Legendary American playwright and screenwriter Neil Simon died in August at the age of 91. One of the most performed writers of our time, his ‘Eugene Trilogy’ (a series of semi-autobiographical plays) was first staged over four years in the 1980s. Following Brighton Beach Memoirs and Biloxi Blues, the concluding piece, Broadway Bound, premiered in 1986 and went on to win two Tony Awards. It was also a Pulitzer Prize finalist for Drama and, in 1992, arrived on the small screen in a made-for-TV film directed by Paul Bogart.
Sydney’s New Theatre has just opened its own production of Simon’s Broadway Bound, the final work programmed in its 2018 season. Set in 1949, it’s the story of a working class Jewish family living in New York City’s Brighton Beach. Twenty-three-year-old Eugene (Patrick Holman) and his older brother, Stanley (Simon Lee), aspire to have careers as professional comedy writers. One day, Stanley returns home and excitedly reveals to the family he’s secured an opportunity for he and Eugene to audition to write sketches for CBS. They land a gig on a national radio show but when it goes to air, their parents and grandfather believe the boys have made a mockery of them by having created characters and situations based on life in their own home.
In this coming of age piece, the brothers’ initial steps towards success in comedy occur at a time when they’re beginning to see the fundamental and longstanding problems in their parents’ marriage (caused, in large part, by their father’s infidelity). At the same time, their grandfather, Ben (Les Asmussen), is also living in the family home and, as he becomes increasingly frail, causes his daughter worry by refusing to join his wife (her mother) in relocating to Florida.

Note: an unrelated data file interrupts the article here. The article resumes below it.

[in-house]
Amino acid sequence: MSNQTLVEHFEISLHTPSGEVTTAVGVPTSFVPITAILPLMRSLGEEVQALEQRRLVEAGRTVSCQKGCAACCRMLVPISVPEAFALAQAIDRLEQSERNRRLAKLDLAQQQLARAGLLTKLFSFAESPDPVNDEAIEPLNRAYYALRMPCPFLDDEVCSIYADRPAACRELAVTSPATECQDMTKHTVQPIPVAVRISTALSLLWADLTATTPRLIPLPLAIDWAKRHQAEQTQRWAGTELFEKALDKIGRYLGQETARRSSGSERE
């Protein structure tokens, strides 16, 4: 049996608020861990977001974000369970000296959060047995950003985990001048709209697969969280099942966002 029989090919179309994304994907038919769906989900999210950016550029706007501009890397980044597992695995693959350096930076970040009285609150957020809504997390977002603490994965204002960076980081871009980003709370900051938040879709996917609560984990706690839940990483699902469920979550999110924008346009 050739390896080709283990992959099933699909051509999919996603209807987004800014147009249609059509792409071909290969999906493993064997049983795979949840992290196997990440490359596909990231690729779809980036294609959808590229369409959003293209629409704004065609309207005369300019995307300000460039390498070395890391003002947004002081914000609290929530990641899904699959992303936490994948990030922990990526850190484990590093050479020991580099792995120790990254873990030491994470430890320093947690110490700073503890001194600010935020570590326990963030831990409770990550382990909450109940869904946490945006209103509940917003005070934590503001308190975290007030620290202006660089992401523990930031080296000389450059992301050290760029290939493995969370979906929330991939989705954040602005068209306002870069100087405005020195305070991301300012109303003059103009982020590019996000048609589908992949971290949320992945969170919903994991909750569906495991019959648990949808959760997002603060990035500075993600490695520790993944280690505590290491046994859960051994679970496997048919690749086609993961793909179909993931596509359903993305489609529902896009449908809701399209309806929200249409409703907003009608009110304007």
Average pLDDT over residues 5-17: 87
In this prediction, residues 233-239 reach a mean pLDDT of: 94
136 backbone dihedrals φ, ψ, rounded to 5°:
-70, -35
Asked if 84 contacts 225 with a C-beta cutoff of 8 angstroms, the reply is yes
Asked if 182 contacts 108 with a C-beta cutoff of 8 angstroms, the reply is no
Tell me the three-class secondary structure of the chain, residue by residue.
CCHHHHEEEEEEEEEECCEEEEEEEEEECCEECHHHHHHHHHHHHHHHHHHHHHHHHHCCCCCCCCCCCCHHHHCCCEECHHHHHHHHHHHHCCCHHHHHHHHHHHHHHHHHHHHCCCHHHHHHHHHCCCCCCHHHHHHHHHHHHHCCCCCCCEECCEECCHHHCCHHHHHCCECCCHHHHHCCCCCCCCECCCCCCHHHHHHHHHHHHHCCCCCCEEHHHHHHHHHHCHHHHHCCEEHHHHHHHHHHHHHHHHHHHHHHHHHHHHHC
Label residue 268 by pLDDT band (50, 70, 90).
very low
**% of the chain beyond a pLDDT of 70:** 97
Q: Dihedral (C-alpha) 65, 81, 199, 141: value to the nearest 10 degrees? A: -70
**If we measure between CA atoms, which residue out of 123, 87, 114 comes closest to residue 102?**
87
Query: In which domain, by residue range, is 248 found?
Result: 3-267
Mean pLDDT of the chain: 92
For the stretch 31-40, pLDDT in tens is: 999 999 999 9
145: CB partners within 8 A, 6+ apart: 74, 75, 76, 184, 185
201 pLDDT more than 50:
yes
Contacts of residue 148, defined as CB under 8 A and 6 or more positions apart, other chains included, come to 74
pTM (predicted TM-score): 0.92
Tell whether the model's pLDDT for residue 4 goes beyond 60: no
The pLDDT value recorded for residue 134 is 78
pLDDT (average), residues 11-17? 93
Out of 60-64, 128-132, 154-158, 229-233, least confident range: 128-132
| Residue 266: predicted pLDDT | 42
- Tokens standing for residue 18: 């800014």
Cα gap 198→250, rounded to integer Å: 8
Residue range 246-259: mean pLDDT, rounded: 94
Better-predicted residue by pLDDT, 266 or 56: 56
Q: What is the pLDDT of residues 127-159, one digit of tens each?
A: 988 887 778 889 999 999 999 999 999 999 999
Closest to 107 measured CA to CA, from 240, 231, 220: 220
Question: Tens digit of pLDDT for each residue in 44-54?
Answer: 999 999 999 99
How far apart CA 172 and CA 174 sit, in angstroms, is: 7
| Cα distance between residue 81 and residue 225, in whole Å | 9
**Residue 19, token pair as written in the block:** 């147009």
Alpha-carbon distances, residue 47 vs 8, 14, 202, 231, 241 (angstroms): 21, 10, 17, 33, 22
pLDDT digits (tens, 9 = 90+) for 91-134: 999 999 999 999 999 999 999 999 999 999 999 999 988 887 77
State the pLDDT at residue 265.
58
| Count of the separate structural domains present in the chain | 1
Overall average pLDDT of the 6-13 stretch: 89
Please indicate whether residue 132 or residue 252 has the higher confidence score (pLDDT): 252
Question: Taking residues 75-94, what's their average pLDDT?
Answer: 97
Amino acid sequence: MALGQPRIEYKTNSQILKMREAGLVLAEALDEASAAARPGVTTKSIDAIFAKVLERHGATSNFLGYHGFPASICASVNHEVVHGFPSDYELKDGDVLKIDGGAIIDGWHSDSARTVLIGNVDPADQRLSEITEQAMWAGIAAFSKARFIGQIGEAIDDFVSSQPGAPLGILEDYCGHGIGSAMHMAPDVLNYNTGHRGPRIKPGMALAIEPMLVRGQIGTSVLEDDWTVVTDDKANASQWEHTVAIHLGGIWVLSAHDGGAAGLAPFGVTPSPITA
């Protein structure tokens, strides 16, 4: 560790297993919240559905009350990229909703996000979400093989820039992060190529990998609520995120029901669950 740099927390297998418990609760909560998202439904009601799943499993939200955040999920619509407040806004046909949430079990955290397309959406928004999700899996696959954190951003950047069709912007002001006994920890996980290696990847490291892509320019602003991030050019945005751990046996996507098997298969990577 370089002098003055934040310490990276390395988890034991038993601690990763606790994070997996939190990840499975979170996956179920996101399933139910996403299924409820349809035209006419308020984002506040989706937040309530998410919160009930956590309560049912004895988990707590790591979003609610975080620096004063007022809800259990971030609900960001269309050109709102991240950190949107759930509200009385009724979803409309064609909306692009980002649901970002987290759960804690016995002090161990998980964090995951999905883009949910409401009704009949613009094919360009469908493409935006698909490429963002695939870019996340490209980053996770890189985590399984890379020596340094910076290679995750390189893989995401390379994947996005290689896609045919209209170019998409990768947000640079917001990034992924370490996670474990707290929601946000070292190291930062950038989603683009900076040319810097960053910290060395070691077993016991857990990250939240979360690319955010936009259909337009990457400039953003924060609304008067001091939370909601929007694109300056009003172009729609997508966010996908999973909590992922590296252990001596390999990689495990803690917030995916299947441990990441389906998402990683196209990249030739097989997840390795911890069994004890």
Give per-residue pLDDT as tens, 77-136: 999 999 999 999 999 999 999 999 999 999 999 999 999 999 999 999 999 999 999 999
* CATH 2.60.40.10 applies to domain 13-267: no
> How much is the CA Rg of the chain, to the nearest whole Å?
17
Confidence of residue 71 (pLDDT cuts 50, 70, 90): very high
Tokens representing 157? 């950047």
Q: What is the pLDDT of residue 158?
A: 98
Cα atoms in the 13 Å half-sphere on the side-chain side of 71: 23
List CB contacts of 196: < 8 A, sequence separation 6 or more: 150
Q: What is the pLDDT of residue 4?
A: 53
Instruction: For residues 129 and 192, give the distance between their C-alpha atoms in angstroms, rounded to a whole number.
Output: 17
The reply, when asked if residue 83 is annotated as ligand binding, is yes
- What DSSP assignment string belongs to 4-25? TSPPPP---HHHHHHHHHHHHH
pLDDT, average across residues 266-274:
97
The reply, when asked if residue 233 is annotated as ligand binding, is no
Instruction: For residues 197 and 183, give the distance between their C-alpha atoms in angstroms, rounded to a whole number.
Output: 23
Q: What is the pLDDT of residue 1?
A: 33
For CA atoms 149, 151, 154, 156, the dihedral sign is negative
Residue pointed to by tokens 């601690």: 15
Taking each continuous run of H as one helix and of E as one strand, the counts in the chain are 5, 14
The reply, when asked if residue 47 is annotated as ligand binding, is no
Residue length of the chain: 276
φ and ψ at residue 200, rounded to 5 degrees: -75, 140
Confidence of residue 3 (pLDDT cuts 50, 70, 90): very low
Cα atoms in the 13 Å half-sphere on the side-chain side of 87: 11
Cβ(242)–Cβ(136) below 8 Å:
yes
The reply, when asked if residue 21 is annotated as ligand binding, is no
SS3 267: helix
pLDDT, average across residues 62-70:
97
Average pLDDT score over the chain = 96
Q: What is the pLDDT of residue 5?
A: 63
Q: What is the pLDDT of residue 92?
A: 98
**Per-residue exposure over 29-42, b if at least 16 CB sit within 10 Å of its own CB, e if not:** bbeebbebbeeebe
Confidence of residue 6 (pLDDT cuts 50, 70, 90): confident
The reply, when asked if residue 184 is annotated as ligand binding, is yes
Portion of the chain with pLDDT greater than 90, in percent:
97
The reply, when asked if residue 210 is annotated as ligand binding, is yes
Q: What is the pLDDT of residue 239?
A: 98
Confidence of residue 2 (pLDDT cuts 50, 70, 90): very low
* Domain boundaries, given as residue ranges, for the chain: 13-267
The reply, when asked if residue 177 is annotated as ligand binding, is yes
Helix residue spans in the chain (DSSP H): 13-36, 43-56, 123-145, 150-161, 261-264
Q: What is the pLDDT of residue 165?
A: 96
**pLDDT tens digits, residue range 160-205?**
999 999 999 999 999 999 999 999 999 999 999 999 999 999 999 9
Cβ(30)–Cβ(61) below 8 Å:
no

These events all afford Eugene and Stan an insight into the complexities of life, demonstrating that unlike the world of comedy in which they work, all episodes in the real world don’t necessarily culminate in a satisfactory conclusion.
Directed by Rosane McNamara, New Theatre’s Broadway Bound is a solid staging of a Simon classic. McNamara does well in navigating the shift in the piece from moments of real comedy to those with a more sombre tone and guides her cast towards believable portrayals of the Jerome family members. Holman’s Eugene is youthful and defined by an inherent affability. Lee impresses as Eugene’s fretful and ambitious brother, Stanley, determined to ensure the duo’s rapid rise as writers and trying to come to terms with the state of his parents’ relationship.
As patriarch and garment worker, Jack, Brett Heath portrays a man profoundly unhappy and struggling with his decision as to which path to take forward. His Jack is selfish and frustrating, but also beleaguered, and that helps us to understand his ultimate decision. Susan Jordan makes a brief but memorable appearance as Blanche Morton, Kate’s well-to-do sister who lives on Park Avenue, and Asmussen succeeds as the scatty but sensitive socialist who’s become entrenched in the household.
And then there’s Suzann James as Kate, a middle-aged mother, loving and supportive, but also distrait and anxious about her relationship with Jack and the uncertainty of their future. James particularly shines while regaling Eugene with the story of her most memorable evening as a teenager, when she was asked to dance by famous film actor George Raft. This is a wonderfully performed scene.
Cast members have varying degrees of success with the New York accent, and Holam and Lee arguably wear it best. Overall, however, this is a group that convinces as a family unit of a New York neighbourhood of the late 1940s.
Allan Walpole’s set depicts the interior of the Jerome family home, complete with separate bedrooms for each of the brothers, and it’s well scaled to the roomy New Theatre stage. David Marshall-Martin’s costumes instantly evoke a sense of the period and place, while Mehan Mortezaei’s lighting choices are simple but consistently appropriate.
Neil Simon has entertained global audiences with his many theatrical works for over seven decades. New Theatre’s Broadway Bound is a great introduction to the playwright for the unacquainted, and for Simon fans, it’s an opportunity to re-visit a classic play from his extensive collection. It does remind us of unmet hopes and expectations but, as Simon himself once said, “I love living, I have some problems with my life, but living is the best thing they’ve come up with so far.”
BROADWAY BOUND – SEASON DETAILS
Dates: Playing now until 15 December, 2018
Times: Thu – Sat 7:30pm; Sun 5pm; Sat 15 Dec 2pm only
Tickets: $35 full; $30 concessions & groups (6+); $20 Thrifty Thursdays